Finally, I am most excited to announce that, thanks to a long team effort, our newly designed website is up and running!!!Ted Shemella has graciously agreed to be our web master. Special thanks to our treasurer, Cynthia Fisher, who coordinated the work to “launch” our website through the final steps.
You can go to MHMA’s site right now at midhudsonmyco.org to see current events, and to get a glimpse of planned ones. With our new design format, we will be able to expand on the current structure, adding new information and links as needed. This will be an on-going process and leaves us with endless potential for reaching many, informing and educating.
Our members have a wealth of knowledge and varying interests that I hope will be shared on our website. There are so many fascinating aspects of fungi to learn about and share with each other. The list includes identification, uses, ecology, art, book reviews and inoculation, to name a few.
To start, I would like to invite any of our members who would like to write an article about any aspect of fungi that they are interested in- to be posted on our website. I hope to see on-going submissions where we can continually share new information on our website.
The club also welcomes your ideas and participation for future workshops. Let us know if you have ideas and would like to lead a workshop or other event. Right now, Cynthia is planning a wine making workshop which many of you expressed an interest in. I talked to Sheena this week and she would like to teach a basket making workshop this year. Over the past year, many of you have shared your ideas, time, resources, and expertise (in many areas-technical, as well as fungal) to benefit the club, and I thank you. I am looking forward to seeing you all at our many upcoming events and walks.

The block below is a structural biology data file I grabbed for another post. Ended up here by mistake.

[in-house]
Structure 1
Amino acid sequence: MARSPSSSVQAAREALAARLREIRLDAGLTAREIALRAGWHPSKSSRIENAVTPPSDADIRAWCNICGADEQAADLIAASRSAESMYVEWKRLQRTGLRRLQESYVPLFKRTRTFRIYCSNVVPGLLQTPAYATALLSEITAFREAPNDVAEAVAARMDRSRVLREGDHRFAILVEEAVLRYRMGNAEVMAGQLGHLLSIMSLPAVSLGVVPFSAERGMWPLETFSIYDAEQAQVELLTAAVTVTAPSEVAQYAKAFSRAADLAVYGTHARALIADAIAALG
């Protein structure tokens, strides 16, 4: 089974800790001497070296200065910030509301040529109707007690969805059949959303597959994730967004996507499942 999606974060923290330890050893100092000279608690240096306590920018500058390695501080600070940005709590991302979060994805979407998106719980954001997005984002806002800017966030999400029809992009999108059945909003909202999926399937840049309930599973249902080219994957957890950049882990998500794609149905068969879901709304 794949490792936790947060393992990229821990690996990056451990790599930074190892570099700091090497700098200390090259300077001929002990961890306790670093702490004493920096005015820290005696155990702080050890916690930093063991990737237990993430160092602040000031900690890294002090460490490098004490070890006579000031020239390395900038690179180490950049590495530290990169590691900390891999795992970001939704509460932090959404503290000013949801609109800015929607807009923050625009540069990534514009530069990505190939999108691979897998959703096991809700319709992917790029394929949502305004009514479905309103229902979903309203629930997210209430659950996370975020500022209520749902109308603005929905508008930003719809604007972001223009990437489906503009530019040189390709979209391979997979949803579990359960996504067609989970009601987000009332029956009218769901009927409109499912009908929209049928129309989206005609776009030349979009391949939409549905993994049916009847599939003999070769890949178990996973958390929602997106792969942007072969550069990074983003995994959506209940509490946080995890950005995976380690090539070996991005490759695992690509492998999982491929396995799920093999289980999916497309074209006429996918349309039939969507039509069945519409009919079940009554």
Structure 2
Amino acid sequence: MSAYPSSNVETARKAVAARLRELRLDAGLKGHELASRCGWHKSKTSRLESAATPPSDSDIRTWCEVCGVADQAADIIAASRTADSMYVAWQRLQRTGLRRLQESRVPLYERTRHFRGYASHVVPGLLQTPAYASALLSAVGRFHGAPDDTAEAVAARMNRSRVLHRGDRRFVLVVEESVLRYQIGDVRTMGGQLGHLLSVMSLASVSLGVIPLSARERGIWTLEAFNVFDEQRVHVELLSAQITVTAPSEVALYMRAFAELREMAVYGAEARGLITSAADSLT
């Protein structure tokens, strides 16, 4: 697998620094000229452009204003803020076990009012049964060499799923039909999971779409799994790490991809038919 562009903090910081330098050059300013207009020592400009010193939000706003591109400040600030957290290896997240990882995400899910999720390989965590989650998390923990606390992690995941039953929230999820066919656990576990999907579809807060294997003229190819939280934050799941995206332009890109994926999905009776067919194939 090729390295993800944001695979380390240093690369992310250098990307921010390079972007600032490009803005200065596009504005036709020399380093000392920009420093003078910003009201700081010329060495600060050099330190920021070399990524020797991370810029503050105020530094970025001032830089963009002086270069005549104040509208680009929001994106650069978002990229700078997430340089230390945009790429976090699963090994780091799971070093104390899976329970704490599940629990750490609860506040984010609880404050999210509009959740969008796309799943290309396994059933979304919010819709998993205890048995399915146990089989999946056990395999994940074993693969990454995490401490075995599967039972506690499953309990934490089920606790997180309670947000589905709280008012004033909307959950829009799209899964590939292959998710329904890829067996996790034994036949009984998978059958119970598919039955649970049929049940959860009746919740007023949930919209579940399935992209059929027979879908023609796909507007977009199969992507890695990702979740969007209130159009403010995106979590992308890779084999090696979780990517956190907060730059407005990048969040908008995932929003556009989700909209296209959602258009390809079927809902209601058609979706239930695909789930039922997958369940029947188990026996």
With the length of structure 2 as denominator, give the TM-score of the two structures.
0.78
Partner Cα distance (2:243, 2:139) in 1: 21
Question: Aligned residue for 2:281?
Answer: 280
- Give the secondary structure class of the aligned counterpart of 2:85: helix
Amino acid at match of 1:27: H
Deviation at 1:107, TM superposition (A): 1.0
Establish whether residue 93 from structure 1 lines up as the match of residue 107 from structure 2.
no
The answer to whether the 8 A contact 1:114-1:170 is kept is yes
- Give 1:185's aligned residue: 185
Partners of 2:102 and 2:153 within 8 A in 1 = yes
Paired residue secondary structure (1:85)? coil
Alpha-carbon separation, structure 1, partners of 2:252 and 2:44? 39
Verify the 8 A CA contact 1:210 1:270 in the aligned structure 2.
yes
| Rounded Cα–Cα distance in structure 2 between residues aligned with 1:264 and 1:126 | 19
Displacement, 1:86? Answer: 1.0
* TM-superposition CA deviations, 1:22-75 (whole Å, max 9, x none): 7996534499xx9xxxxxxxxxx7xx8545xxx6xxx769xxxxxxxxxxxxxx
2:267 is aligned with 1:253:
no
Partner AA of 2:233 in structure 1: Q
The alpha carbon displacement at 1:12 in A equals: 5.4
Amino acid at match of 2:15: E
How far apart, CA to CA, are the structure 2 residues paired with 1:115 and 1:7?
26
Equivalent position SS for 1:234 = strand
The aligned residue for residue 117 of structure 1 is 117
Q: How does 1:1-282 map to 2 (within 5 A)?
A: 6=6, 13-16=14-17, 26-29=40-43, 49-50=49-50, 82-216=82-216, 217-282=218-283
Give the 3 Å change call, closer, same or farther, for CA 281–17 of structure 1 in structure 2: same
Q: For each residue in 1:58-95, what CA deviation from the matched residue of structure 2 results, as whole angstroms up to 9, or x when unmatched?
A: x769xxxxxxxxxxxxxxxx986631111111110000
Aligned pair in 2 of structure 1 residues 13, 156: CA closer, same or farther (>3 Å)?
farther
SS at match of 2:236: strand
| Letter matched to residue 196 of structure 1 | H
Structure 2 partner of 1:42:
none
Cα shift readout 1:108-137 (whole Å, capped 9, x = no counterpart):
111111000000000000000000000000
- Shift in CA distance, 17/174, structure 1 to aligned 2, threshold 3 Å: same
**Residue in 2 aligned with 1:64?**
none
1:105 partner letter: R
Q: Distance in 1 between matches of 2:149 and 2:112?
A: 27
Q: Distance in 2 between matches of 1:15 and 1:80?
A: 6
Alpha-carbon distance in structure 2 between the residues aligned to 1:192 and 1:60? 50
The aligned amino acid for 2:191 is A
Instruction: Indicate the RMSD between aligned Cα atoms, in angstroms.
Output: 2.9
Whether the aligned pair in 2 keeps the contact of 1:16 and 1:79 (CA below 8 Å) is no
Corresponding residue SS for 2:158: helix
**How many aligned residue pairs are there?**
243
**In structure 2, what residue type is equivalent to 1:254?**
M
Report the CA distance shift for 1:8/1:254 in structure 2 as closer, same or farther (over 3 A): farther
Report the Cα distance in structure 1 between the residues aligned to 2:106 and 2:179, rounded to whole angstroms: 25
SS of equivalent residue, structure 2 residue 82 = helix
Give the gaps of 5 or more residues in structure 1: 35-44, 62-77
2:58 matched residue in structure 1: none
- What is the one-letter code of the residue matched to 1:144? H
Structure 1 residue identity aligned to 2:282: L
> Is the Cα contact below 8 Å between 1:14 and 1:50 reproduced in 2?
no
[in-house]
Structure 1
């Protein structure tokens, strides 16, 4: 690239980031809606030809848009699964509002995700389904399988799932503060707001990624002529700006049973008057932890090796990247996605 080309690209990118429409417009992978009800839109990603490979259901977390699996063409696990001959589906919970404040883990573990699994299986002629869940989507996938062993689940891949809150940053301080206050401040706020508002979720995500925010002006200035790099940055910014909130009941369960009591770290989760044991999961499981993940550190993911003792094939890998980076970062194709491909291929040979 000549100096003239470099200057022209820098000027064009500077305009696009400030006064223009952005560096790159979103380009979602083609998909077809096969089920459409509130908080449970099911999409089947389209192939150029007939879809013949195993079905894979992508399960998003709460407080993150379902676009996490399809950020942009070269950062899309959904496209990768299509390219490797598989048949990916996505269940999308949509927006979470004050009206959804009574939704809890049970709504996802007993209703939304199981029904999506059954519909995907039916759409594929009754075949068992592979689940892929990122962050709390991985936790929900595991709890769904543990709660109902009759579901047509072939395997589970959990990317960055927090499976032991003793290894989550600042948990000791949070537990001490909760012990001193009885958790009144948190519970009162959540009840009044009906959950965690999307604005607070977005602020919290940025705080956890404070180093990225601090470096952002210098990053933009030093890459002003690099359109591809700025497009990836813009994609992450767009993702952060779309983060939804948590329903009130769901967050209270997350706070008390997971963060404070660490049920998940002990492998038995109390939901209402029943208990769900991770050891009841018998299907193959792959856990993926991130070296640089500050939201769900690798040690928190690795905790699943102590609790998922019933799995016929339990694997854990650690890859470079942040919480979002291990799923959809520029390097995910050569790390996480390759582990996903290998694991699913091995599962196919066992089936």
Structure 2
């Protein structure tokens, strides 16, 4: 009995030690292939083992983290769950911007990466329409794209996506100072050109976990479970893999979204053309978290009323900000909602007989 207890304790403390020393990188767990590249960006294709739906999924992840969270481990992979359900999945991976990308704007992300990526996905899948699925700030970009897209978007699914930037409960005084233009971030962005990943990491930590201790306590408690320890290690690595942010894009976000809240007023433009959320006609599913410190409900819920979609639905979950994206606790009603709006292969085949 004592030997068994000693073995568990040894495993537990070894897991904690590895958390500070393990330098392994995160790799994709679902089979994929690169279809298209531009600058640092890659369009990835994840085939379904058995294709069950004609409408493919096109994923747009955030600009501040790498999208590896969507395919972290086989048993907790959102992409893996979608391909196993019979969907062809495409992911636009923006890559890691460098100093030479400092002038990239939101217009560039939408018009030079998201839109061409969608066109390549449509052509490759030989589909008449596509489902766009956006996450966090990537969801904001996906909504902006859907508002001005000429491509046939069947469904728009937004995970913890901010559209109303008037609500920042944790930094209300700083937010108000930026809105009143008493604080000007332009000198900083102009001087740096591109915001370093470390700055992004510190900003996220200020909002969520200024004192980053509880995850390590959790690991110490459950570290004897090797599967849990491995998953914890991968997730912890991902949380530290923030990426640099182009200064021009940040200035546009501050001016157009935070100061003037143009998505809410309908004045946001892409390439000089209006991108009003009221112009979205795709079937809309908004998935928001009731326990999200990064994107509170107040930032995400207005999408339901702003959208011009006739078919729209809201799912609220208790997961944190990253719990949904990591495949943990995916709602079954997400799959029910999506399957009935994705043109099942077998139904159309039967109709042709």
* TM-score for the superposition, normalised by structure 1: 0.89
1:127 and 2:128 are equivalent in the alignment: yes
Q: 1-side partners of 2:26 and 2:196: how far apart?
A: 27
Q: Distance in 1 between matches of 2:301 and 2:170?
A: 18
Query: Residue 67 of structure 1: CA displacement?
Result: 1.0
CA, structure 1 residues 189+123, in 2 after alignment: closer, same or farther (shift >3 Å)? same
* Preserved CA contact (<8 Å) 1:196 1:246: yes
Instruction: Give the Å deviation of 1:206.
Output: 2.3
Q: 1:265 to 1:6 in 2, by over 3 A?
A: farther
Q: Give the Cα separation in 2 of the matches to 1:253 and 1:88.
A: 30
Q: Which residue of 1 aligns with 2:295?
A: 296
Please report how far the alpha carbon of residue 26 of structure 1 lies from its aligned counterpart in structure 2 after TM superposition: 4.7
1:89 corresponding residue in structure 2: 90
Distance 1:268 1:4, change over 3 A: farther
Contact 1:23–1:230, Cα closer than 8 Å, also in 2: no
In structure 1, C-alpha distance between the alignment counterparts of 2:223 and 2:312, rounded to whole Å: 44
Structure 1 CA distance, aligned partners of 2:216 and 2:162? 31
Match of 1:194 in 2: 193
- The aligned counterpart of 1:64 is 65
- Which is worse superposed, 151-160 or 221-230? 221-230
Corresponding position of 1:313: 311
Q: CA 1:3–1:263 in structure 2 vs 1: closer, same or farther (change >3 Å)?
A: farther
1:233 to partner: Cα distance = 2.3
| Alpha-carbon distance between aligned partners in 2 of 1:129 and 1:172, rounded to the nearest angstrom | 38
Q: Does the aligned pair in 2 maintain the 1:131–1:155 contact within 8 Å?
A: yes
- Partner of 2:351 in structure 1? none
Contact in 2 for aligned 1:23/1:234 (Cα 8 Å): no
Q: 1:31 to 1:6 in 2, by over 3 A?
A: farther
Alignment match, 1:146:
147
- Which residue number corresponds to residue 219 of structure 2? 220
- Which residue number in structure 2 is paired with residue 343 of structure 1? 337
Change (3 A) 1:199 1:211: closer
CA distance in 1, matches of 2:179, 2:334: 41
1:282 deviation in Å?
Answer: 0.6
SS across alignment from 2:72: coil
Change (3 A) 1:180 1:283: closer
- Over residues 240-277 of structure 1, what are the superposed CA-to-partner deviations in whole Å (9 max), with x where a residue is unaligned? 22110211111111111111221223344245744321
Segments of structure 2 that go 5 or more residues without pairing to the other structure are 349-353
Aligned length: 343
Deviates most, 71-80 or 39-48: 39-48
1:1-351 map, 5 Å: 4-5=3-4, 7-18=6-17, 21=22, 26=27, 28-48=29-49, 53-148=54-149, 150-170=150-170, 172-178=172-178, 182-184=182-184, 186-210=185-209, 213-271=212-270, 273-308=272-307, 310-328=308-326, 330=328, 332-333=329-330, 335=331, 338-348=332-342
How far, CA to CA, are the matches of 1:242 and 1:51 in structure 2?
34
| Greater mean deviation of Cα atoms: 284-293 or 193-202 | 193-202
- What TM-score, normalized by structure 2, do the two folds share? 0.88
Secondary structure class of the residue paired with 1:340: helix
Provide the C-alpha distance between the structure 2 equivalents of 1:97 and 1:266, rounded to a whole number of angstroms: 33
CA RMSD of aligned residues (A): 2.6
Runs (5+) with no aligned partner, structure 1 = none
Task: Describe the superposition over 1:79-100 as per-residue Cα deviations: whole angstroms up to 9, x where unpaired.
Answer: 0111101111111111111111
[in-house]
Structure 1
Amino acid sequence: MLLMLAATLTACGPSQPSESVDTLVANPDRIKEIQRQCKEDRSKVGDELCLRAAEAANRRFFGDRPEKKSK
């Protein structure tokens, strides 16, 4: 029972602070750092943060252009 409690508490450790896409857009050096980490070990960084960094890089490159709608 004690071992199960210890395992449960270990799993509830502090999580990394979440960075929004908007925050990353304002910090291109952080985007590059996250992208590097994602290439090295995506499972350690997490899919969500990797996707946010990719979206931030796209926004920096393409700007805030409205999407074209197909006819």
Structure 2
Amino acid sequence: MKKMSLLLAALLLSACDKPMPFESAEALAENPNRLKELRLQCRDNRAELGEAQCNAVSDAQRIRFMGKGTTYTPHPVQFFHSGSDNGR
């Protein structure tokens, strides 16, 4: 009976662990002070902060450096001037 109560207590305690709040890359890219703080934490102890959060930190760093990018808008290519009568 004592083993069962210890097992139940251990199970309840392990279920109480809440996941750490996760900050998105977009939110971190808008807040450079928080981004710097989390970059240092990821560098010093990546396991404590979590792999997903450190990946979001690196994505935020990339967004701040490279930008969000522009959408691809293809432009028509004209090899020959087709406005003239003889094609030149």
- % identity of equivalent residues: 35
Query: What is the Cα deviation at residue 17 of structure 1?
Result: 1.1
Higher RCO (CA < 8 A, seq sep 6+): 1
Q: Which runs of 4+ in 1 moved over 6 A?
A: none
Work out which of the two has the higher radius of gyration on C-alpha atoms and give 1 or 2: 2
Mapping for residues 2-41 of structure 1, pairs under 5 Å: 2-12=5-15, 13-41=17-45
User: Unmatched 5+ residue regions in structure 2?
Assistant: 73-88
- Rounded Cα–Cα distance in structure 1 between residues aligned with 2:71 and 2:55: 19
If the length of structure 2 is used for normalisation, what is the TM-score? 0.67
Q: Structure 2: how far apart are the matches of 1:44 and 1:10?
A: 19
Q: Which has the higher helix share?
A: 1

Yours in “fungal fever”,
End of March 23, 2014 Newsletter
Google the subject and learn more!
There are several positions that we’d be glad to see you fill.
1. Walks coordinator – Create and manage the schedule of walks by contacting past and potential new hosts.
2. Newsletter chair – Write a monthly newsletter about the experiences you’ve had going on mushroom walks or referencing information from outside sources that is of interest to club members.
In the comment section, post information about a species you have found in the Mid-Hudson area. Be sure to include your name, the name of the mushroom, location where you found it, the date, the Latin name if known and the name of someone who confirmed your identification. Be as specific as you can.
We will add your identified species to our list